Thursday, January 04, 2018

Svetlana Alexievich: 'The Unwomanly Face of War: An Oral History of Women in World War II'

Svetlana Alexievich, The Unwomanly Face of War: An Oral History of Women in World War II. Translated by Richard Pevear and Larissa Volokhonsky. New York: Random House, 2017. У войны не женское лицо: Russian language edition originally published in 1985. The author won a Nobel Prize for literature in 2015.

“’History will spend hundreds of years trying to understand: What was it? What sort of people were they? Where did they come from?’” (page 51)

“There have been thousands of wars on earth . . . but war remains, as it has always been, one of the chief human mysteries. Nothing has changed. I am trying to bring that great history down to human scale, in order to understand something. Yet in this seemingly small and easily observable territory . . . everything is still less comprehensible, less predictable than in history.” (page 139)

“'Once during a drill . . . We finished shooting and were going back. I picked some violets. A little bouquet. I picked it up and tied it to my bayonet. And went on like that.’” (page 52)
"There is not only shooting and killing people, mining and demining, bombing and exploding, going into hand-to-hand combat -- there is also laundering, cooking kasha, baking bread, cleaning cauldrons, tending horses, repairing machinery . . . Ever during war life consists by more than half of banal things. And of trifles, too . . ." (page [159])

"'Dense forests, continuous wire fences with rotted stakes, overgrown minefields. Flowerbeds gone to seed. There were always mines hiding there; the Germans loved flowerbeds. Once there were people digging potatoes in a field, and next to them we were digging mines . . ." (page 222)

After a contingent of Soviet sailors hit a minefield, many were killed. But Olga Vasilevna refused to terrorize German POWS. "I hadn't forgotten, I hadn't forgotten a thing. But I couldn't hit a prisoner, if only because he was already defenseless. Everybody decided that for himself, and it was important." (page 151)
"'If you ask what color war is, I’ll tell you – the color of earth. For a sapper . . . The black, yellow, clayey color of earth . . . Two months later I wasn’t killed, I was wounded. My first wound was light. And I stopped thinking about death . . .’” (page 213)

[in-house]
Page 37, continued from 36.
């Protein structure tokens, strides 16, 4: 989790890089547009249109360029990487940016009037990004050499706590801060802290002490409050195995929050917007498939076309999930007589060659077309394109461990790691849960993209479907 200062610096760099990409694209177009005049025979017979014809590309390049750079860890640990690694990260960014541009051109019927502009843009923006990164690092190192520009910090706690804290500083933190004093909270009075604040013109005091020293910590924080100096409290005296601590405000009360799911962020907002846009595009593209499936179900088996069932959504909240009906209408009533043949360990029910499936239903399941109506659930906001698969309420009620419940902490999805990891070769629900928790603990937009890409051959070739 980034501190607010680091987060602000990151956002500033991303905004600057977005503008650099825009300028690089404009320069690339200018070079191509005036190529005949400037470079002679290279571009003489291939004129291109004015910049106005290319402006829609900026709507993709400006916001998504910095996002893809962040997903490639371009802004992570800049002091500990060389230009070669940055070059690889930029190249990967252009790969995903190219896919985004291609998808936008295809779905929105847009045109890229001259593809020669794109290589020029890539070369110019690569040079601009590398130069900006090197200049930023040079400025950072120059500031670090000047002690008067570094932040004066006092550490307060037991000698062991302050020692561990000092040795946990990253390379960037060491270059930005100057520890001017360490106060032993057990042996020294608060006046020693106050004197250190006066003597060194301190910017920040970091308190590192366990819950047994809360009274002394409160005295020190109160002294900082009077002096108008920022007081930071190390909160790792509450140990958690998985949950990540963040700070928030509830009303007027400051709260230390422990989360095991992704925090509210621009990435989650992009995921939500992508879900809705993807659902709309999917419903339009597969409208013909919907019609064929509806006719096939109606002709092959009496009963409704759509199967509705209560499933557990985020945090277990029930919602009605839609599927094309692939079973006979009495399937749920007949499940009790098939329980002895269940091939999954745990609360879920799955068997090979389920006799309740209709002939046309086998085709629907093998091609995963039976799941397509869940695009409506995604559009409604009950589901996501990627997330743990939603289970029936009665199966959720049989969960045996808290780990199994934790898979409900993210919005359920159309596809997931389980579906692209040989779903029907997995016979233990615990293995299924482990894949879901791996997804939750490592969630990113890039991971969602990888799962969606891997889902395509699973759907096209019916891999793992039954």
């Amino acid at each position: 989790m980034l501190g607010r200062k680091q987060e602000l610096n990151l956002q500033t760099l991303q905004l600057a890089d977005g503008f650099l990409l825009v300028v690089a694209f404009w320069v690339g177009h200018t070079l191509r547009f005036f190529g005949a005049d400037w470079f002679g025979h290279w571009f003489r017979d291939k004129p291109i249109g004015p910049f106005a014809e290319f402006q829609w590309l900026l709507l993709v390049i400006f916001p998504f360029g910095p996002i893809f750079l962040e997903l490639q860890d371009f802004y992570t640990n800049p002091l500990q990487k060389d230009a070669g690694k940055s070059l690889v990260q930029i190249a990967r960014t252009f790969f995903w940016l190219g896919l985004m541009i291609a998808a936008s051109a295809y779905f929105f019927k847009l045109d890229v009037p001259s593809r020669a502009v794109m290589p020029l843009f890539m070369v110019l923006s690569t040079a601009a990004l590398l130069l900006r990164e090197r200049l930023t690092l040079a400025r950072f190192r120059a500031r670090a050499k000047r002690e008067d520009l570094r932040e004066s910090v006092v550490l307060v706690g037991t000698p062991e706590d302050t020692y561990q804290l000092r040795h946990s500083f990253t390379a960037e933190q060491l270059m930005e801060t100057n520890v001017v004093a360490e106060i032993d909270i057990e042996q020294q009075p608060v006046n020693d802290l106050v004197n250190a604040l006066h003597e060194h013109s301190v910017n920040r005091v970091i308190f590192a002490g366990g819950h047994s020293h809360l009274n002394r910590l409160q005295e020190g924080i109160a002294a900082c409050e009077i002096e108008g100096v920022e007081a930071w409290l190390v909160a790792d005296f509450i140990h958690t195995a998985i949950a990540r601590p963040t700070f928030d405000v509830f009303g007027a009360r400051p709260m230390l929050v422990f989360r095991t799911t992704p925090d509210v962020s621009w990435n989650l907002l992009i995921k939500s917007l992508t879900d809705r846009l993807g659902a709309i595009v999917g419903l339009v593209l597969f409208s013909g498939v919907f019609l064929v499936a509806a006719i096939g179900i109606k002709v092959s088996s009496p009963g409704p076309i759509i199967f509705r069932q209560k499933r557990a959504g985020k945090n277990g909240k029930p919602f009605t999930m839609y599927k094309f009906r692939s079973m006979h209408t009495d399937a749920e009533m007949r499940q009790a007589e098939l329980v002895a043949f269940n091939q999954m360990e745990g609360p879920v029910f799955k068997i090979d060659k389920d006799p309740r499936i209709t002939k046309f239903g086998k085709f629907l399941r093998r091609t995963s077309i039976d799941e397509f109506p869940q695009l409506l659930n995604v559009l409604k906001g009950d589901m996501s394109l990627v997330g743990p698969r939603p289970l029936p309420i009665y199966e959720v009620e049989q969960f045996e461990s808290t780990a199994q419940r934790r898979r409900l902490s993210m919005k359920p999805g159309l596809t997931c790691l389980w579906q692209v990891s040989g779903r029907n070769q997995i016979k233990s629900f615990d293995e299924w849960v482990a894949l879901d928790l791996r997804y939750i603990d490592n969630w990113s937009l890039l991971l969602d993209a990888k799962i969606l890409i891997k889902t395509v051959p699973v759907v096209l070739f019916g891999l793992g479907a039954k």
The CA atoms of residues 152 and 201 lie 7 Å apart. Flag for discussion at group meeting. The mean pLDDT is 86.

A lieutenant, commander of a sapper-miner platoon: “We’d spend the whole day watching everything attentively and drawing up a map of the observed front line and marking the places where changes in the surface of the terrain appeared, If we saw bumps on the ground or lumps of soil, dirty snow, trampled grass or dew smeared on the grass, that was what we were after . . . our goal . . . It was clear that German sappers had placed mines there . . . It was necessary to find out . . . [w]hat sort of mines they had put there: antitroop, antitank, or surprise mines. We marked the enemy’s firing points . . . We felt the ground inch by inch. Made corridors in the mine fields. All the work was done by crawling . . .” (page 217)

In addition to serving as pilots, snipers and partisan fighters, Soviet woman also served as doctors, nurses, drivers, mechanics and in many other capacities. Survivors retained memories of harrowing, brutal events that never quite went away. Alexievich has ensured that these people and what they lived through will not be forgotten. Wars will continue, though, remembered or not -- that fact, it seems, nothing can change. 

Today's Rune: Signals.  


the walking man said...

No one should ever face the violence of battle--them doing the fighting would turn away if not for them doing the plotting. "but each make their own decision.." Yep that is what kills or keeps brutality in memory.

Charles Gramlich said...

Sounds like a very valuable source. I read quite a few of the Russian bios on the war back in the 70s but they were all by men.